I've always been obsessed with automation. When I had a house I had automatic robot lawnmowers to mow my lawns and a matrix of motion detectors to control my lights. These days I have a simpler life that doesn't necessitate such extreme solutions, but I still benefit from automation.
There's a saying among programmers: if you have to do it three times, automate it. That may be a bit extreme for non-programming tasks, but maybe the equivalent is: if you have to do it every week or more, automate it. Here are a few interesting automations that I have set up.
I invest mechanically according to filters I've set up. Before automating it, I had to log in every day, see if I had money available, see if there were investments available, and then invest. This only took a few minutes a day, but even three minutes a day is an hour and a half per month.
One day I decided to take a shot at automating it. I installed Ruby, Watir, and Headless (nerd stuff that I'm only mentioning in case you're a nerd and want to set up some web automation) and within an hour I had build a program that automatically did all of my investing for me. It's been running without a hitch for six months, which has probably saved me ten hours or so.
I'm intentionally not being specific about where I'm investing because I don't want this to show up on searches for it, so please don't guess or ask questions about it in the comment. Ruby/Watir/Headless perfectly emulate a browser, so there's no way they can tell that it's automated. They probably wouldn't care, since I'm doing the same thing I would have done without automation, but I'd rather not bring it to their attention.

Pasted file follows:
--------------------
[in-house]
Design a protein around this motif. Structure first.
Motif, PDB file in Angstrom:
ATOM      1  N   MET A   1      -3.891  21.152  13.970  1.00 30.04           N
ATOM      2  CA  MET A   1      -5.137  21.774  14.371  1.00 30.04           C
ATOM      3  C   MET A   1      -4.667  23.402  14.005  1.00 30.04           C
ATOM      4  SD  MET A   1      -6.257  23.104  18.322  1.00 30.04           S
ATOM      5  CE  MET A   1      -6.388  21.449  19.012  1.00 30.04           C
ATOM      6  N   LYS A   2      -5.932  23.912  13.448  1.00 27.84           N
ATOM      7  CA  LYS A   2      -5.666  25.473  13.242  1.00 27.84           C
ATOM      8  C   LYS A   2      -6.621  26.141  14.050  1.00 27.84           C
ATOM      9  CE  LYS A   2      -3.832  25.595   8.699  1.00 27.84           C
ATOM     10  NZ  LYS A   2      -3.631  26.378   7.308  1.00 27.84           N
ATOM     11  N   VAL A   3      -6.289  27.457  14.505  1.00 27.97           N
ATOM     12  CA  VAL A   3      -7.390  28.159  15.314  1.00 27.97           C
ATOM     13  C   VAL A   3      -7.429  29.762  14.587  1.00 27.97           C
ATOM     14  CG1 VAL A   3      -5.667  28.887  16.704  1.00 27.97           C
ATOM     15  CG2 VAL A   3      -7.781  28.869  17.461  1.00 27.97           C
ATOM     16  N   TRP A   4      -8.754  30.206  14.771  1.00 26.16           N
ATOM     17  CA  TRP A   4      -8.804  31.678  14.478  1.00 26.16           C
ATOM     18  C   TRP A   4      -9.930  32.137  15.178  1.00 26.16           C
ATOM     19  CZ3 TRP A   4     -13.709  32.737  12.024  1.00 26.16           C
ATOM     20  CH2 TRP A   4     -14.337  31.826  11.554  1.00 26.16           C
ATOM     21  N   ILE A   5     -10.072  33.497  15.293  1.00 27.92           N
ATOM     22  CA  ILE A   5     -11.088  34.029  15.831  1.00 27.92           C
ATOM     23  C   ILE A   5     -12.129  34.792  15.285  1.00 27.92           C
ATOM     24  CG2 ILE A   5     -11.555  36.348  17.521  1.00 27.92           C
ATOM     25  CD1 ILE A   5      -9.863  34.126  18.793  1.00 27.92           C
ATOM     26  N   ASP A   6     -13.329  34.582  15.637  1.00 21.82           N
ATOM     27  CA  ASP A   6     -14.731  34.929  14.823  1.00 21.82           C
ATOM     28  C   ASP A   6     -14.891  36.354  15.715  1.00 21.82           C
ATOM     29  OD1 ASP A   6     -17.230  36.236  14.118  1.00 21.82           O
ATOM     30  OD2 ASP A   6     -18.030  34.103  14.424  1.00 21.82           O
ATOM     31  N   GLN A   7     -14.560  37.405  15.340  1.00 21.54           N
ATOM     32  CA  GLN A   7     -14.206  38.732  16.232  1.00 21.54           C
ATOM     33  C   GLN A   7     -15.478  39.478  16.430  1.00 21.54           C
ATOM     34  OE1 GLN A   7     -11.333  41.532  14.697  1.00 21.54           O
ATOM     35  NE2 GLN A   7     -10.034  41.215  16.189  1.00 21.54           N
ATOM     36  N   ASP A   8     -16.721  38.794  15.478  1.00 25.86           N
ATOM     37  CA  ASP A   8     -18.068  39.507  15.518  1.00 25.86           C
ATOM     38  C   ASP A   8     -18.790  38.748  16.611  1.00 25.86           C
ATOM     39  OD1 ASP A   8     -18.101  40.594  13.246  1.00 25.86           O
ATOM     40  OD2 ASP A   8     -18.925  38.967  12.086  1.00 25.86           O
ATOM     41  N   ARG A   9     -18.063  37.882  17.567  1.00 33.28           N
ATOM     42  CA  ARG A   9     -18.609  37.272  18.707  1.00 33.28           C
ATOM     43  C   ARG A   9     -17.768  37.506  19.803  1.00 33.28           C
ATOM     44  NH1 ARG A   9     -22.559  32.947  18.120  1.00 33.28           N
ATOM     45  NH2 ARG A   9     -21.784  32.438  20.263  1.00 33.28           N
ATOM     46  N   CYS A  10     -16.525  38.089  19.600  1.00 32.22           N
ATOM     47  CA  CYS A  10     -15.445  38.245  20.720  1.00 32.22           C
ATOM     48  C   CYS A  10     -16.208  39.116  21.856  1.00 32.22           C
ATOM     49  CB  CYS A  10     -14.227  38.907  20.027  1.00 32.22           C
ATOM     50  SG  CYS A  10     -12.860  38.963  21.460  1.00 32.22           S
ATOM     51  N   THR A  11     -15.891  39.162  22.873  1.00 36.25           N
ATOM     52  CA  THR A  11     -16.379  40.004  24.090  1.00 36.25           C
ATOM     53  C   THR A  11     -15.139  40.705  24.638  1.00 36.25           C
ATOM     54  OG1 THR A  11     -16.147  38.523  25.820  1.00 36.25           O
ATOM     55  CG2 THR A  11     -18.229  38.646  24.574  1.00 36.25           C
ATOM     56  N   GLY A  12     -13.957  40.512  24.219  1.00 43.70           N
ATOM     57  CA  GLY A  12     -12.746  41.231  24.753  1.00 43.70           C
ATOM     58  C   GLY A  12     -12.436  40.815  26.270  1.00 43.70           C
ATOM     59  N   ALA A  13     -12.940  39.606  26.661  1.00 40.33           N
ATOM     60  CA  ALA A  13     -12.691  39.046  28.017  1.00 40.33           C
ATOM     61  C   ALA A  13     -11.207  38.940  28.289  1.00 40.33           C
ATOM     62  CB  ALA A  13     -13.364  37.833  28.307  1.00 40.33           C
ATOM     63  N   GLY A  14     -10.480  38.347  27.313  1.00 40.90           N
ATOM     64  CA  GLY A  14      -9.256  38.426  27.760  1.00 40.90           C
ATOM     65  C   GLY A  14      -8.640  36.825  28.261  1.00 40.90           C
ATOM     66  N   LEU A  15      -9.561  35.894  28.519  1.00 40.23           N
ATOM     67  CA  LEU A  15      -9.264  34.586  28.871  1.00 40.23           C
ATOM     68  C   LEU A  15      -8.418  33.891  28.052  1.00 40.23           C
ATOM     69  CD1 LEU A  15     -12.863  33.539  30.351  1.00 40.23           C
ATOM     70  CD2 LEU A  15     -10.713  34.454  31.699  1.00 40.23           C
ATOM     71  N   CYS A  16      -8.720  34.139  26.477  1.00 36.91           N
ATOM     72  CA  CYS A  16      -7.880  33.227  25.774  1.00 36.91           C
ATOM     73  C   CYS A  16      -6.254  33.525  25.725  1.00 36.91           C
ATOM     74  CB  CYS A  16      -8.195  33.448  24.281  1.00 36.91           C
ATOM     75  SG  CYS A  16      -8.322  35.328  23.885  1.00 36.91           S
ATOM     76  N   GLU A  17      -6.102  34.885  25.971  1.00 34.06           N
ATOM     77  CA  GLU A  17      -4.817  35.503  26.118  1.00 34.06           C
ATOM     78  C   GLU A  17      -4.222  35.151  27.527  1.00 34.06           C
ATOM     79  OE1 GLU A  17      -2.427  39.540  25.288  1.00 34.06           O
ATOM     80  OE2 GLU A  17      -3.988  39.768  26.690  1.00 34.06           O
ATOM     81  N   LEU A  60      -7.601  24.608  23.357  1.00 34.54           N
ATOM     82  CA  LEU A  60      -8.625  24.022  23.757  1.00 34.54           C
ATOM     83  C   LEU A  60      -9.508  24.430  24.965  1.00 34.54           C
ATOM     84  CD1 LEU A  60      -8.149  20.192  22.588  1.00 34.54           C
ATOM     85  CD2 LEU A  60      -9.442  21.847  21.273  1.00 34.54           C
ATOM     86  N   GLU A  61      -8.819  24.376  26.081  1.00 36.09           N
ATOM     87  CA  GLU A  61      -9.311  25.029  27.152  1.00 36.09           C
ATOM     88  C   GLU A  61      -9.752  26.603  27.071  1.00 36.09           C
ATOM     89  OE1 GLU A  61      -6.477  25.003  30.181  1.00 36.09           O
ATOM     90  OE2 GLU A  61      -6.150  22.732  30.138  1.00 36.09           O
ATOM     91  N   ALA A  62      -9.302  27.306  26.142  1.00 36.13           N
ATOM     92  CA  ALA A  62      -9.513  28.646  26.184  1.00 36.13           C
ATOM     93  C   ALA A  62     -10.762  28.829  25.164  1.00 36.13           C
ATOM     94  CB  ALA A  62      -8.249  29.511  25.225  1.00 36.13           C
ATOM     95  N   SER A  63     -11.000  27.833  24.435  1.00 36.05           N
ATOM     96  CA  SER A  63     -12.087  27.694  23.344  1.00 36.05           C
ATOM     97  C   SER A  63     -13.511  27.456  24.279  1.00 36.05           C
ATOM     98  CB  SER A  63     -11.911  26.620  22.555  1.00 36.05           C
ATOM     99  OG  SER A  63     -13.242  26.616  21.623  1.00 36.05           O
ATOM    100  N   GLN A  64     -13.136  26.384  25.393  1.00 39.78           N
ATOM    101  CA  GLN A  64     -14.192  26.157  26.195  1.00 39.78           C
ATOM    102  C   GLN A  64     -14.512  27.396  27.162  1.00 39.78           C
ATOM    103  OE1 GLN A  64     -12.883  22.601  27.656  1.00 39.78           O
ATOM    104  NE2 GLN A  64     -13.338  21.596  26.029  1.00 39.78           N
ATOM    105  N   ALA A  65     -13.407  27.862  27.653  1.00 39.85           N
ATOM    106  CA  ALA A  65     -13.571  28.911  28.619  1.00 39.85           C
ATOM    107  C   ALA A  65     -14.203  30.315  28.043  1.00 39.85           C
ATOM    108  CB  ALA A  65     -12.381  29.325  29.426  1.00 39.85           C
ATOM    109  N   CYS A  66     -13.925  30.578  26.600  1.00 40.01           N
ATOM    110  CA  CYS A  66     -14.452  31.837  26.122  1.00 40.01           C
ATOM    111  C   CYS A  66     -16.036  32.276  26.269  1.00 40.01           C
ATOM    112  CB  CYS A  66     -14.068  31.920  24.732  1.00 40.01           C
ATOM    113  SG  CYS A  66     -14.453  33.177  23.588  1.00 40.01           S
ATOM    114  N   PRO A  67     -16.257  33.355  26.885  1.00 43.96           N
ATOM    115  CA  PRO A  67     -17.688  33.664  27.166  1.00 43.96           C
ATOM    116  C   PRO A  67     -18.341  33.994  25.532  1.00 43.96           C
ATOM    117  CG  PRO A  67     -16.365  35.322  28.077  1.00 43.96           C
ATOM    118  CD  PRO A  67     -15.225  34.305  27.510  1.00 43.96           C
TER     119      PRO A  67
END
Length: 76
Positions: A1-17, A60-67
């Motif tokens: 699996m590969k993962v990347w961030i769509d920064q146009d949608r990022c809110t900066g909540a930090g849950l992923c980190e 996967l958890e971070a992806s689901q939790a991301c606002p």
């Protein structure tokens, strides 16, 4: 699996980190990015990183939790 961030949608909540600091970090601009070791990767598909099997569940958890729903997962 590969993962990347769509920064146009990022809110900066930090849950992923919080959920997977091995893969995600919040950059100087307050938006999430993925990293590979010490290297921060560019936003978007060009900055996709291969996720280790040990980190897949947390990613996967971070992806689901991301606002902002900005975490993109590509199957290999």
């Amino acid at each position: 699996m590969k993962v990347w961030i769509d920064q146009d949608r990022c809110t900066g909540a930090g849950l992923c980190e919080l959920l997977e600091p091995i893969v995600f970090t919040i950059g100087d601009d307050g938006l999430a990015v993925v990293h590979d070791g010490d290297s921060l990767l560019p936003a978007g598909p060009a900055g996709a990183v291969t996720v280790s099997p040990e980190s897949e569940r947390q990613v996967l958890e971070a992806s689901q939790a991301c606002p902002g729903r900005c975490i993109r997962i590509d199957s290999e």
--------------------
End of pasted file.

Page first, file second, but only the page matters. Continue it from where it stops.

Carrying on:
Paying all of my Credit Cards
I log in to mint.com all the time mainly to see if I have any credit card payments due. It's hard to keep track of which have been scheduled and which haven't, though, so I still worry about it all the time. Last month I paid one credit card a day late, which cost me $30 in fees.
Yesterday I took about twenty minutes to log in to each credit card account and set up automatic payments to pay the full balance on the day it's due. This is something that anybody could do, and it's a great failsafe. It feels great to not worry about when credit cards are due anymore. A compromised version of this automation would be to set each one to pay the minimum. You'd still have to check all the time to pay the full bill, but this would ensure that you never mess up your credit by missing a payment.
Finding Cheap Flights